The dry-aged New York steak with Sonoma cabernet roast shallot sauce ($21.95) was a standout. The generous slab of grilled steak, about an inch thick, was tender inside and slightly crisp on the outside, with a buttery rich flavor. Accompanying it were expert au gratin potatoes, which were dense and creamy and contained a hint of nutmeg.

The vegetarian entrée of grilled portobello mushroom with cilantro risotto and red curry broth ($14.95) was an unusual presentation, with the risotto heaped atop a huge mushroom cap that was surrounded by a spicy, creamy coconut sauce reminiscent of Thai curry.

The desserts are all made in-house by pastry chef Wallace Vazquez. The bittersweet chocolate torte with chantilly cream ($4.95) had adult appeal–definitely not sugary, but lingering and intense, with a dark pool of chocolate sauce.

Warm pear-cranberry crisp with vanilla ice cream ($4.95) was a rich and fruity delight. And the Meyer lemon tart ($4.95) was a luscious concoction. Cool and lemony with a delicate pastry base, it was served with twin splotches of fresh cream and puréed blackberry sauce.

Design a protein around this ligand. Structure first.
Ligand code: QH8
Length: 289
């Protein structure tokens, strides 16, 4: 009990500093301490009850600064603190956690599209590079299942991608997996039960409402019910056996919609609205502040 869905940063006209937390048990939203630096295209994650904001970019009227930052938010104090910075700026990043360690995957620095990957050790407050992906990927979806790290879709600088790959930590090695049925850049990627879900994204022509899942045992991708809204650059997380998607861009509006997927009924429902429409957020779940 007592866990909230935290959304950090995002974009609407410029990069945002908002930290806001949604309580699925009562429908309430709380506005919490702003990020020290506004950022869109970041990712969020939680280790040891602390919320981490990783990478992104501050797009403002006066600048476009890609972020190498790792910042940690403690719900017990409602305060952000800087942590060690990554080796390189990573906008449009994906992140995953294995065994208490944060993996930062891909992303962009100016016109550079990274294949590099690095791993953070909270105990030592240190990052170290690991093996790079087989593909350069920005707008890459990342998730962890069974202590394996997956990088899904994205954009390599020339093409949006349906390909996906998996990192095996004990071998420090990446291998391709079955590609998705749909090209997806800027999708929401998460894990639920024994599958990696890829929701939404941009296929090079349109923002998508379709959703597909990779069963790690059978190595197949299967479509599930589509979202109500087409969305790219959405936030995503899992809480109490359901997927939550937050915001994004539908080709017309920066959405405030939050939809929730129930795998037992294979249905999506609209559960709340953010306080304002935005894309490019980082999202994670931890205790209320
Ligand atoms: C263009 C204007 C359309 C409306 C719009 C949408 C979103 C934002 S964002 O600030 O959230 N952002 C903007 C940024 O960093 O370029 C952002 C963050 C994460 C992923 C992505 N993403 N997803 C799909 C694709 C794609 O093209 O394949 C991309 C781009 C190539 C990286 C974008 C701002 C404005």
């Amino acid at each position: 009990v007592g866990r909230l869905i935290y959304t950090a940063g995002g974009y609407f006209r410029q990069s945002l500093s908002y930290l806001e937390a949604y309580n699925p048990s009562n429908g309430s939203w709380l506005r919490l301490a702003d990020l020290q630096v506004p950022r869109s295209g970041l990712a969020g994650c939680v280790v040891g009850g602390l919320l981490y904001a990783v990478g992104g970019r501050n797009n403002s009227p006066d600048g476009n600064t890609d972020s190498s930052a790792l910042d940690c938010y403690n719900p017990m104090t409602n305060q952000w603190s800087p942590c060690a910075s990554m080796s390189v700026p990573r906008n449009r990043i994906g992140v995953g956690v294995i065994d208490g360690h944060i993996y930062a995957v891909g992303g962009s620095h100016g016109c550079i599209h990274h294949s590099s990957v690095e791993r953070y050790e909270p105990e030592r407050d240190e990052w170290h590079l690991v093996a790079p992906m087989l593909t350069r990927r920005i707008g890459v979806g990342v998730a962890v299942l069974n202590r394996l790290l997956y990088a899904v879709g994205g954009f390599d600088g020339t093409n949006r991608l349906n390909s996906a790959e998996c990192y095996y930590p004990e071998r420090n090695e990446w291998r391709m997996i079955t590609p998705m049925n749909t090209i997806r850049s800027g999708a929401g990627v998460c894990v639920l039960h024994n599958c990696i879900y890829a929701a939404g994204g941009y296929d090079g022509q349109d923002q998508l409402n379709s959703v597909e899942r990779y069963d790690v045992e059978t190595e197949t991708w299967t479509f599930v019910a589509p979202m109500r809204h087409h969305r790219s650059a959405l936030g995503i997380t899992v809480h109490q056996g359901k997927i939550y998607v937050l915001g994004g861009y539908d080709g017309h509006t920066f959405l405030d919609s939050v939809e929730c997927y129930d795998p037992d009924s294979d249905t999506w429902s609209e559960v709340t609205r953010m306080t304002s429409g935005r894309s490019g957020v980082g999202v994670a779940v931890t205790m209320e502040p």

By then, we were in a state fit to do nothing more than waddle down the stairs and out into the fresh evening air. With a final glance back at the beautiful Petaluma River gleaming softly in the darkness, we headed home.

River House Restaurant
222 Weller St., Petaluma; 769-0123
Hours: Open daily; lunch, 11:30 a.m. to 2:30 p.m.; Sunday brunch, 11 a.m. to 2 p.m.; dinner, 5:30 p.m. to 9 p.m. (10 p.m. on weekends); bar menu between lunch and dinner hours
Food: Contemporary American with occasional offshore influences
Service: Good
Ambiance: Relaxed, intimate upstairs; bistrolike downstairs; needs to lose those vinyl tablecloths
Price: Moderate to expensive; appetizers tend to be pricy
Wine list: Large selection; 90 percent Sonoma County offerings
Overall: ****(out of four stars)

From the March 19-25, 1998 issue of the Sonoma County Independent.

© Metro Publishing Inc.